So how do you change a critical nature-even if it’s well-intentioned? Or how do you change the feelings of inadequacy if you’re on the receiving end of a critical person’s attention?

We begin accepting others as they are by accepting ourselves, without conditions. Self love is neither earned nor a reflection of our accomplishments or lack thereof. At the core of releasing a critical nature (or letting others’ judgments slide off us) lies loving ourselves more fully, deeply and unconditionally-from the heart, not from a place within the mind or ego-and really connecting with all parts of ourselves. We can be discerning and yet love ourselves: we can choose to have a different experience and take action from a sense of self-acceptance, self-appreciation and self-love.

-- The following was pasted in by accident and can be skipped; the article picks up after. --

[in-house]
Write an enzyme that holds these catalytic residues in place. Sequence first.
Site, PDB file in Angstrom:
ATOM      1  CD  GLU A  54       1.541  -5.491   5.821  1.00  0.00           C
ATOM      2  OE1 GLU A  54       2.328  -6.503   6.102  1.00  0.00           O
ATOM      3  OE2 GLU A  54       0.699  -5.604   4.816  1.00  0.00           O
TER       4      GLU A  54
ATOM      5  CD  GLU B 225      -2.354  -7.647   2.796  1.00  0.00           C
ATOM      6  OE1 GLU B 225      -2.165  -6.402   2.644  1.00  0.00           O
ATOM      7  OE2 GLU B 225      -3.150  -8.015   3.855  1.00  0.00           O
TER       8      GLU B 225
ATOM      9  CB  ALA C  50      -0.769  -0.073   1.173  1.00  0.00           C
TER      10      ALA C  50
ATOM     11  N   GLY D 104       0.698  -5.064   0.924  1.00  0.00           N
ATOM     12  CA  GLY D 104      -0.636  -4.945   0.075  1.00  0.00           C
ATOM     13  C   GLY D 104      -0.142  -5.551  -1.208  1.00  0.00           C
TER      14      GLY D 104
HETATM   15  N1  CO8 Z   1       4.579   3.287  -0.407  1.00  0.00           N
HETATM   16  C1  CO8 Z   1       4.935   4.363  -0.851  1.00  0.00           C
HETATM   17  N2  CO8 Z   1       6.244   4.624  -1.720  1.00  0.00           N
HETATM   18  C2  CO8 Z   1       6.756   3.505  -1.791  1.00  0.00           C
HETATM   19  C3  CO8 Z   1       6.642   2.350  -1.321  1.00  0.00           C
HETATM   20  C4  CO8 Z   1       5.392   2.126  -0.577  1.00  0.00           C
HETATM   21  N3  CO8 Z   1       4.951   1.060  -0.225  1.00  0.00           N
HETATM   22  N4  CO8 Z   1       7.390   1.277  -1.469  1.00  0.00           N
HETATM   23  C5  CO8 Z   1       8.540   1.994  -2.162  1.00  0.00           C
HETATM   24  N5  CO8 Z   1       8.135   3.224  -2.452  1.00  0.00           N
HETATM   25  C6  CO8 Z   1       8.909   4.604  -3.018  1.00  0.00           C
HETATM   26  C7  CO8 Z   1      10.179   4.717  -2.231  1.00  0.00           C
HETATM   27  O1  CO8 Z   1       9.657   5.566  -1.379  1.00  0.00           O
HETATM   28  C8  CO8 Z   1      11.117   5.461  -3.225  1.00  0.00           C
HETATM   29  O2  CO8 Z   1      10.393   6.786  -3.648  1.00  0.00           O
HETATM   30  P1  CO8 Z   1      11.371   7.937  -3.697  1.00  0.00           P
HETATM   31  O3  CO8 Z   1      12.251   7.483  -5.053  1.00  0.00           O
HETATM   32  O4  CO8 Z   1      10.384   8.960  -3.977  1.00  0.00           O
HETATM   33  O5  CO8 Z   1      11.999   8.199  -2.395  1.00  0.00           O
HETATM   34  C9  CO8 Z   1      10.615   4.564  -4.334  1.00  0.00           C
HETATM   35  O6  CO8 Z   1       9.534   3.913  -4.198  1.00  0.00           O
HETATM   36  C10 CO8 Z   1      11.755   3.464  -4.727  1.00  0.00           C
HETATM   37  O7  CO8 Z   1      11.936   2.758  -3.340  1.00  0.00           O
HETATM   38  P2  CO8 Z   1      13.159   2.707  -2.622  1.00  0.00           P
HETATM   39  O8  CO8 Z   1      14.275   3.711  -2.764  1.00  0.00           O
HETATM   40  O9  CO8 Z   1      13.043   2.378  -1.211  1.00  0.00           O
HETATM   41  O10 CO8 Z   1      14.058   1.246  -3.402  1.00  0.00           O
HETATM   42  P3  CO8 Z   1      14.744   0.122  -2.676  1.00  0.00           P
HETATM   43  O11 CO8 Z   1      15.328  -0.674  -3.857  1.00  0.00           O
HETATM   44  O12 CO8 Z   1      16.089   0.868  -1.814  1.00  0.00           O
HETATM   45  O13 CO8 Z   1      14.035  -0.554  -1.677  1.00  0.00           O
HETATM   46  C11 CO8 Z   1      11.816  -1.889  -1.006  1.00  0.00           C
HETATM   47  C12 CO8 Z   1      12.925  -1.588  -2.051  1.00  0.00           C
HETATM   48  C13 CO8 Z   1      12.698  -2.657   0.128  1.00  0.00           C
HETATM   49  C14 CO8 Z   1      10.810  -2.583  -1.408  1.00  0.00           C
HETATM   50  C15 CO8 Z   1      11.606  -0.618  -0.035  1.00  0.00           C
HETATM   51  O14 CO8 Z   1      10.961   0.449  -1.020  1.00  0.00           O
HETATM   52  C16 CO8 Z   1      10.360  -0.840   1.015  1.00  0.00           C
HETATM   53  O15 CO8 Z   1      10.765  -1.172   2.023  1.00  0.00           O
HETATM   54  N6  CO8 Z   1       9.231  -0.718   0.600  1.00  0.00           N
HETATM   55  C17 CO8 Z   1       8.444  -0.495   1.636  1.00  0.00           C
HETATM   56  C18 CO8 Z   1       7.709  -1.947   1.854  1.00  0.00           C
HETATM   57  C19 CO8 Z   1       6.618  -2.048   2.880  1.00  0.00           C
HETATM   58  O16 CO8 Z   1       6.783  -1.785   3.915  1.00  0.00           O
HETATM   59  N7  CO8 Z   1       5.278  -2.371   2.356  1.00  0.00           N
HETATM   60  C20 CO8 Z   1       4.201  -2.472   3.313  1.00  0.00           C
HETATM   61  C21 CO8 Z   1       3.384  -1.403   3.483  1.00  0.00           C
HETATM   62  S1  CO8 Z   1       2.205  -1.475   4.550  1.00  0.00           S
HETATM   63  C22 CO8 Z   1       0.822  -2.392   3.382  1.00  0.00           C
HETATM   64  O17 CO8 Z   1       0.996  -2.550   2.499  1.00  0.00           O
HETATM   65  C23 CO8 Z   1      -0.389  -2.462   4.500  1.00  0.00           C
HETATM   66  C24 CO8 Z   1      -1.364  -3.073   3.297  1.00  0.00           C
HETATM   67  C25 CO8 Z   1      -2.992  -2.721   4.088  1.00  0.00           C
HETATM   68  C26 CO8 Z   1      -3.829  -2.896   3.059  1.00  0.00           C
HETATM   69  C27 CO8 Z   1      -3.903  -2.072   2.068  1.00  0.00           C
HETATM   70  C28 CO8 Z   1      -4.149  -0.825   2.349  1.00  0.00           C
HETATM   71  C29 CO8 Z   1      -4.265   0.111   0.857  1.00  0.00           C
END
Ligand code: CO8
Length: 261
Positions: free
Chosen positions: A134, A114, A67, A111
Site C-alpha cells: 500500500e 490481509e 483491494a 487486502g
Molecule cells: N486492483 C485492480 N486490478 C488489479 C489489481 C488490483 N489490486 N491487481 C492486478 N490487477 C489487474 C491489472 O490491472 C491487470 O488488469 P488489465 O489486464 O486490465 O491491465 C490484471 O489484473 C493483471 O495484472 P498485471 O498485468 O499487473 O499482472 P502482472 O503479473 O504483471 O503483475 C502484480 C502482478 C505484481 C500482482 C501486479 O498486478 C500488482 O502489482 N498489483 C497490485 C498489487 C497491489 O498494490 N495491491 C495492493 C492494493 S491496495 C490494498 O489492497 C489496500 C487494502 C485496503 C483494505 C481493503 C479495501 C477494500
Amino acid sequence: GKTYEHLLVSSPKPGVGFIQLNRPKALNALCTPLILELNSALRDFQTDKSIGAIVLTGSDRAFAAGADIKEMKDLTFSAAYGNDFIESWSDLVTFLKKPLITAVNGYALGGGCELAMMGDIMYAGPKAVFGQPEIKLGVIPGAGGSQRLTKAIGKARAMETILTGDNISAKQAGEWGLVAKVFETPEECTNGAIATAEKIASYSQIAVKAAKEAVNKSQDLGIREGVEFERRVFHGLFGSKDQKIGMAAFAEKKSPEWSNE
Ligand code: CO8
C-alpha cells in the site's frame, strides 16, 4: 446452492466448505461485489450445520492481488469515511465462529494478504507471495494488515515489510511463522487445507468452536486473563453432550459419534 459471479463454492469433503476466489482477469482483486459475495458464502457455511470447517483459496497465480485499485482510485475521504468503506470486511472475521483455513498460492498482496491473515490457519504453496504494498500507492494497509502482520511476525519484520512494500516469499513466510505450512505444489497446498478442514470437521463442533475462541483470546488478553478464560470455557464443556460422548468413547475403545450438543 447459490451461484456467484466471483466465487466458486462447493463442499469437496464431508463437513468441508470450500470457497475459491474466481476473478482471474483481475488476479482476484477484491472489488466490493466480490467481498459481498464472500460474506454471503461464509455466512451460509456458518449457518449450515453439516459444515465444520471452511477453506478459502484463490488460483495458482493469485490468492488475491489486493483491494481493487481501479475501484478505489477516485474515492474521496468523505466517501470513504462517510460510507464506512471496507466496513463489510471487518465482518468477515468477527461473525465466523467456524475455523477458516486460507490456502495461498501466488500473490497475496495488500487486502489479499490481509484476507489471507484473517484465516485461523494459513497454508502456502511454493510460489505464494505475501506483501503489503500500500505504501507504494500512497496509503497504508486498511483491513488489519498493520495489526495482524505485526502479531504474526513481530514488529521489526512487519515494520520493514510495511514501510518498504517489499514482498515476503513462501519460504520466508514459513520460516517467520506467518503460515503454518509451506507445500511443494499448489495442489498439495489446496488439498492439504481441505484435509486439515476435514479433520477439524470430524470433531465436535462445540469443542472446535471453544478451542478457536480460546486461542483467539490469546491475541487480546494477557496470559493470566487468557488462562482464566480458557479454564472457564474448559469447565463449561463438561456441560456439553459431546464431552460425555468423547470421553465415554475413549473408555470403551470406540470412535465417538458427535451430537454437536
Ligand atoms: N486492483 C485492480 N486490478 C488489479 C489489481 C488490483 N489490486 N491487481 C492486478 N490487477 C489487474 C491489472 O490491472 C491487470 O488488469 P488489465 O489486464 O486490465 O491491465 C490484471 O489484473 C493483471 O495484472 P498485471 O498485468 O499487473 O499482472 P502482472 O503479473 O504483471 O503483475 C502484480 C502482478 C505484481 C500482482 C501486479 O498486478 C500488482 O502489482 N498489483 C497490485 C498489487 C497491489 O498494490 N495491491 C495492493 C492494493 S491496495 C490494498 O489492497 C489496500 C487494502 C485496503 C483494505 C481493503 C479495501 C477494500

With that gentler, more loving focus, we’ll be much less likely to want to impose our solutions on others or, conversely, take on shoulds or expectations that may be perfect for someone else but not for us.

Next time you run into your critical person (outside or inside you), think of it as the way in which we remind each other to breathe deeper, be more relaxed, and love ourselves more.

Photo credit: Tony the Misfit